Thanks for the reply! True, true. I just think NP may have higher earning potential and more flexibility since in almost half the states, an NP can open up his/her own practice. Not sure though...

mmc51264, ADN, BSN, MSN, RN

Specializes in orthopedic; Informatics, diabetes. Has 8 years experience.

but you still have to have an RN to get into an NP program

Also, I have 2 AS, 2 BS and MS and an MA. All Fed loans. Not a $57K limit.

Neo Soldier, BSN, RN

Has 5 years experience.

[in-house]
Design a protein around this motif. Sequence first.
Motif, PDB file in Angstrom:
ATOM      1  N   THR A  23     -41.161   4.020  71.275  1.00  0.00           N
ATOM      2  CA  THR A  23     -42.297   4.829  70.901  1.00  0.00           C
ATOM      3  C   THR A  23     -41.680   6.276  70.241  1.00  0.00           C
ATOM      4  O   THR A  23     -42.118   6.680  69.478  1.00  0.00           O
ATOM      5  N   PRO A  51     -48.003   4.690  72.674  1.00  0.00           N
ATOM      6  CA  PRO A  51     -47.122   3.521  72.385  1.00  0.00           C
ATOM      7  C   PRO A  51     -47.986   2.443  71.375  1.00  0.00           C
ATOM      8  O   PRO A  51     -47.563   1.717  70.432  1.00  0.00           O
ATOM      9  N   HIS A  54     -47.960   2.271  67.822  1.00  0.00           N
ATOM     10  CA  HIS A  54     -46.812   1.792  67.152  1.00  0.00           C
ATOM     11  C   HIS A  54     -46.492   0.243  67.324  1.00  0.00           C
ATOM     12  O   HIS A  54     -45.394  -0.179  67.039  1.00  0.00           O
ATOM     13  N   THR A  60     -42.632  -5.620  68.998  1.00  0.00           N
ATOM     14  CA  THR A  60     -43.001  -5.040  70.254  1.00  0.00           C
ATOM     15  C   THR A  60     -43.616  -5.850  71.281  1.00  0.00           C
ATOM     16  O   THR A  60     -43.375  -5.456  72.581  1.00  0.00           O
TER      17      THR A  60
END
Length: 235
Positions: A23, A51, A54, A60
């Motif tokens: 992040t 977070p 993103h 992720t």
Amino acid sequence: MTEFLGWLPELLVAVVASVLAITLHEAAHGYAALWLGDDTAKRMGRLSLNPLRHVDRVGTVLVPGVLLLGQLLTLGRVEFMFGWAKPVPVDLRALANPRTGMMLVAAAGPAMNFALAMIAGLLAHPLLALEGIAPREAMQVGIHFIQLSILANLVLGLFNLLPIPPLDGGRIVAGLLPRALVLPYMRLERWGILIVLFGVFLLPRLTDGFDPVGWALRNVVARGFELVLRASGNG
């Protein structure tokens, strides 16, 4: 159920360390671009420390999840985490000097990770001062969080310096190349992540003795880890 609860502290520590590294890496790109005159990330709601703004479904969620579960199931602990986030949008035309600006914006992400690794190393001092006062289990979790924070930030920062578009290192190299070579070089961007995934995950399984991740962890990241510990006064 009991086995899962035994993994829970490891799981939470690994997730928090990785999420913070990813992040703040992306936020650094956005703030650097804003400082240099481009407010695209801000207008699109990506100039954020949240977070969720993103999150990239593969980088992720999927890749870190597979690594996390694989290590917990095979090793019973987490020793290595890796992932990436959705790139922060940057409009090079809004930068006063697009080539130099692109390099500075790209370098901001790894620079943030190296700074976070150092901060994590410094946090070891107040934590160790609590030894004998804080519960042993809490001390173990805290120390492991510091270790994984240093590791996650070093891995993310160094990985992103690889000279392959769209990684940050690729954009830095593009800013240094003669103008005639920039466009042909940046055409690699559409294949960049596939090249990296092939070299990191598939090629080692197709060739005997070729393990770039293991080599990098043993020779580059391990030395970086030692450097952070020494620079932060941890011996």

There are no ADN programs that are only one year. They are usually two years. You can apply for scholarships and there are the ones specific for nurses. I think you should speak to a counselor to see if there's a possibility of an appeal for financial aid. When I got into my nursing program, I had to do that and so did most of my classmates. It was a quick and easy process and I didn't even have to write a letter. About the no wait list, there is no guarantee on that but your best bet is to apply to multiple schools and also, find out what they're looking for. In California, some schools have what is called the point system. It's a rubric that tells you where you rank and your chances of getting into the program. Some schools will give you points if you have a CNA, EMT or paramedic license, or if you have taken statistics and passed with a C or better. There are schools that have minimum enrollment and so you may have a higher chance of getting in. For example, I applied to a school way in the desert. It was a two hour drive from where I live. i got in with minimal effort. I didn't go because I got into somewhere else. That's extreme but it's something to look into. Good luck.